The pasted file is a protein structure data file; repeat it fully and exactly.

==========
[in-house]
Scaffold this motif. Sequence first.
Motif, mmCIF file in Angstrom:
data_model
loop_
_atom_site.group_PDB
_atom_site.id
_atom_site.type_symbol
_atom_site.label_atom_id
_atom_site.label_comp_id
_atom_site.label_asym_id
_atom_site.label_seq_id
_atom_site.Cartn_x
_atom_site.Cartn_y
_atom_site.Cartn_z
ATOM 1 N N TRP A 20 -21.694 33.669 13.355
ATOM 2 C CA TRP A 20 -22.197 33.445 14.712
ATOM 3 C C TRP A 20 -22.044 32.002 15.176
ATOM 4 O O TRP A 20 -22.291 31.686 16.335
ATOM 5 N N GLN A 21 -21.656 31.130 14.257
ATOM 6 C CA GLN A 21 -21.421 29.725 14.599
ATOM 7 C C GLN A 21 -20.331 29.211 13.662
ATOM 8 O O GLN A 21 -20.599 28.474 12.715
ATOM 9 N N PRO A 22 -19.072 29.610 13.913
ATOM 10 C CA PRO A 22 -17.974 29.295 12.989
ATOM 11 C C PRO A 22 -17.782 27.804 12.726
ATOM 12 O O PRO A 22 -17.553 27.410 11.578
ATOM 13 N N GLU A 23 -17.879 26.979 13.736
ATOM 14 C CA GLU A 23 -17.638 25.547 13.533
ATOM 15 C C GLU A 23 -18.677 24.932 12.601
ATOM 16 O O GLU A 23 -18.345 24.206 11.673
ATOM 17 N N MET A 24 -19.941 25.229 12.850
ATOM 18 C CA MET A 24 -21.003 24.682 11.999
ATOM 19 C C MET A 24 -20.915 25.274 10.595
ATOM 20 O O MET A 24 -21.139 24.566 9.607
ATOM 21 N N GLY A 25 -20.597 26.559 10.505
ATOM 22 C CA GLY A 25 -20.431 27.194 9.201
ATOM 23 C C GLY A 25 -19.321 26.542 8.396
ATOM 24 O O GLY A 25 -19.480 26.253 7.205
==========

[in-house]
Scaffold this motif. Sequence first.
Motif, mmCIF file in Angstrom:
data_model
loop_
_atom_site.group_PDB
_atom_site.id
_atom_site.type_symbol
_atom_site.label_atom_id
_atom_site.label_comp_id
_atom_site.label_asym_id
_atom_site.label_seq_id
_atom_site.Cartn_x
_atom_site.Cartn_y
_atom_site.Cartn_z
ATOM 1 N N TRP A 20 -21.694 33.669 13.355
ATOM 2 C CA TRP A 20 -22.197 33.445 14.712
ATOM 3 C C TRP A 20 -22.044 32.002 15.176
ATOM 4 O O TRP A 20 -22.291 31.686 16.335
ATOM 5 N N GLN A 21 -21.656 31.130 14.257
ATOM 6 C CA GLN A 21 -21.421 29.725 14.599
ATOM 7 C C GLN A 21 -20.331 29.211 13.662
ATOM 8 O O GLN A 21 -20.599 28.474 12.715
ATOM 9 N N PRO A 22 -19.072 29.610 13.913
ATOM 10 C CA PRO A 22 -17.974 29.295 12.989
ATOM 11 C C PRO A 22 -17.782 27.804 12.726
ATOM 12 O O PRO A 22 -17.553 27.410 11.578
ATOM 13 N N GLU A 23 -17.879 26.979 13.736
ATOM 14 C CA GLU A 23 -17.638 25.547 13.533
ATOM 15 C C GLU A 23 -18.677 24.932 12.601
ATOM 16 O O GLU A 23 -18.345 24.206 11.673
ATOM 17 N N MET A 24 -19.941 25.229 12.850
ATOM 18 C CA MET A 24 -21.003 24.682 11.999
ATOM 19 C C MET A 24 -20.915 25.274 10.595
ATOM 20 O O MET A 24 -21.139 24.566 9.607
ATOM 21 N N GLY A 25 -20.597 26.559 10.505
ATOM 22 C CA GLY A 25 -20.431 27.194 9.201
ATOM 23 C C GLY A 25 -19.321 26.542 8.396
ATOM 24 O O GLY A 25 -19.480 26.253 7.205